Fast forward again. William is now 76 and Suzie dies (of a broken heart) having also waited until full retirement age to collect her retirement benefit. What does William do? He files for an unreduced survivor benefit based on Suzie’s earnings record.

Fast forward one last time. William is now 88. He’s met a very lovely 94-year-old named Sandra, who earned more than any of the S exes and is on her last legs. William realizes that he can marry Sandra and, after nine months, qualify for survivor benefits on Sandra’s earnings record. Presto, he whisks Sandra off to Las Vegas for a quickie marriage and, nine months to the day of their nuptials, Sandra falls, breaks her hip, and heads north by north.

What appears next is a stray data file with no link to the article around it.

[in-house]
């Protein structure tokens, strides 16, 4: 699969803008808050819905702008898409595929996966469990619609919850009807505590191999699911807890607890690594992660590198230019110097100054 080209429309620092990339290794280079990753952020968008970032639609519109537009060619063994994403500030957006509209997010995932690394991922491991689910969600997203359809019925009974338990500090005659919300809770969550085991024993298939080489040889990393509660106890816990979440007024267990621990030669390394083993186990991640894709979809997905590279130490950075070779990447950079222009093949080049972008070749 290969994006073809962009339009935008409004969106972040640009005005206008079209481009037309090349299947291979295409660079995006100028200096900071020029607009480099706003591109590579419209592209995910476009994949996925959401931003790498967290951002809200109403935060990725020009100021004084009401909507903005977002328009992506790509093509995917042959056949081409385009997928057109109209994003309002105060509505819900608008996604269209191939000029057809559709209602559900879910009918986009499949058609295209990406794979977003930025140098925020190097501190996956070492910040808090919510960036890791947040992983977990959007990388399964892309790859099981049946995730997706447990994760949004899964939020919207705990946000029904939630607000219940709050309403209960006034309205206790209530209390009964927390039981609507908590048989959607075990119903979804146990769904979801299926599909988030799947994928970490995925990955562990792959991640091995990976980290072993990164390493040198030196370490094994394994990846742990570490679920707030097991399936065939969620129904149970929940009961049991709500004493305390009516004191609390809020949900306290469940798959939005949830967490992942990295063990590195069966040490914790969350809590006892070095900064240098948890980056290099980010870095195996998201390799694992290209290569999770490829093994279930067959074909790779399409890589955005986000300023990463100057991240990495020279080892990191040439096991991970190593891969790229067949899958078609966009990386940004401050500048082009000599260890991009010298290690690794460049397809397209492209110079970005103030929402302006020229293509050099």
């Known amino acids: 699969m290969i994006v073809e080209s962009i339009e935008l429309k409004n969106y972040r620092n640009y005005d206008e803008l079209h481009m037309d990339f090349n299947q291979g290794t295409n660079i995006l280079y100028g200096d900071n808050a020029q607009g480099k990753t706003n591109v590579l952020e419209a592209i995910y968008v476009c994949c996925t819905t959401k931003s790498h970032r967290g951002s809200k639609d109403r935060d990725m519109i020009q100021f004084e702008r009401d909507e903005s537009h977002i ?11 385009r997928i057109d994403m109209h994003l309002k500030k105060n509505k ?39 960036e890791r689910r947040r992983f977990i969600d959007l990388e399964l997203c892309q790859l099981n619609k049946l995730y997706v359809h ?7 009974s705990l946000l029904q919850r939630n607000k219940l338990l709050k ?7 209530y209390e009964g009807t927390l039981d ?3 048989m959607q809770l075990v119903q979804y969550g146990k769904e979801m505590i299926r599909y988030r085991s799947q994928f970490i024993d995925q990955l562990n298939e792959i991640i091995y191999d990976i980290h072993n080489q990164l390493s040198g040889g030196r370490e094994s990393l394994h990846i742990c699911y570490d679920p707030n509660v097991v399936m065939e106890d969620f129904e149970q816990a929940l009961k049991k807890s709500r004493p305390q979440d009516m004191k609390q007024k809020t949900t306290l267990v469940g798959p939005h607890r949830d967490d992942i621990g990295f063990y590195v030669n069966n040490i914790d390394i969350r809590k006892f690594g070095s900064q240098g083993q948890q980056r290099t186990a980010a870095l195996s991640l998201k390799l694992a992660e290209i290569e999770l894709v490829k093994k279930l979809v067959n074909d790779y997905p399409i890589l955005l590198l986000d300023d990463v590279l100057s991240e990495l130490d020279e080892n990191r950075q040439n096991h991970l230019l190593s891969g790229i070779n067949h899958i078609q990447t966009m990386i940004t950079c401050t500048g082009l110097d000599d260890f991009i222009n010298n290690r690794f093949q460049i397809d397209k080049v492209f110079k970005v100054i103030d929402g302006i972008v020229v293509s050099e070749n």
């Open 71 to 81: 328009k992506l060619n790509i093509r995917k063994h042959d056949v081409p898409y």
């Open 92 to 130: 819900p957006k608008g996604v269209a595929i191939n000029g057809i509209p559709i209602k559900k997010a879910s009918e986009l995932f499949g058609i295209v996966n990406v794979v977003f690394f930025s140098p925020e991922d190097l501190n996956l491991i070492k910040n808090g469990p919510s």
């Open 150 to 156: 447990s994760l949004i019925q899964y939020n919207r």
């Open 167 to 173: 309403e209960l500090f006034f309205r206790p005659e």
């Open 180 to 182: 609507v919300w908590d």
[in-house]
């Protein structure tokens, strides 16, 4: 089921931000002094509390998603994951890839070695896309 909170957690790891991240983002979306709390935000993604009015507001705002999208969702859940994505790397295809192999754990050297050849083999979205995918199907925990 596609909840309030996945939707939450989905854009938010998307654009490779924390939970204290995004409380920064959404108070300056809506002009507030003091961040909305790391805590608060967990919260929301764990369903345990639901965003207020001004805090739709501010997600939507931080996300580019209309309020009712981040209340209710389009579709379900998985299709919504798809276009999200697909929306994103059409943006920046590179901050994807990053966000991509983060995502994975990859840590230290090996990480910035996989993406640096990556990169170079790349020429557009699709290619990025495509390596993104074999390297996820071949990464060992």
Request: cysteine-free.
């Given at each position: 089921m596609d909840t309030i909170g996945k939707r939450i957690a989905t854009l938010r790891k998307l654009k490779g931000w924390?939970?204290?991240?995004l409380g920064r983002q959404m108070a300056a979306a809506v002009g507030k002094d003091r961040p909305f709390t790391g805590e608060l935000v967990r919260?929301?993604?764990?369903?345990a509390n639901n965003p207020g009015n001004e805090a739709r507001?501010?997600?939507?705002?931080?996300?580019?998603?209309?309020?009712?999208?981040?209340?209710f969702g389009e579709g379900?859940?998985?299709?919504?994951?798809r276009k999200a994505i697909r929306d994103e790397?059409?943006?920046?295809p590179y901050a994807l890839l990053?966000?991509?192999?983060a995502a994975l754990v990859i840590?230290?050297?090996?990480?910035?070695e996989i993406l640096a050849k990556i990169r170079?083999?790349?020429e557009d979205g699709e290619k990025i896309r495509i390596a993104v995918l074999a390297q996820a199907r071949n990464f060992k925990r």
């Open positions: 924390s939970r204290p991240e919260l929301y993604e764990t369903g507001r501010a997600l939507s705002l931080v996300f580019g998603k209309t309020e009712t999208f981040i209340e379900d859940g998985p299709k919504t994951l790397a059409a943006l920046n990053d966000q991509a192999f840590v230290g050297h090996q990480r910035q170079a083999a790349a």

William leaves the funeral early in order to get to the local Social Security office before it closes and file for a full (unreduced) survivor benefit on Sandra’s account.

This appears to be William’s last Social Security play, but he’s still a handsome devil and is on checking out his options.”

The article can be found here.

Next month we will meet Pat and Val.

Although this information was obtained from the Social Security website and other reliable resources, we make no guarantee of its accuracy. Journey Tree is not licensed to practice tax law and recommends that you consult your tax advisor regarding these matters.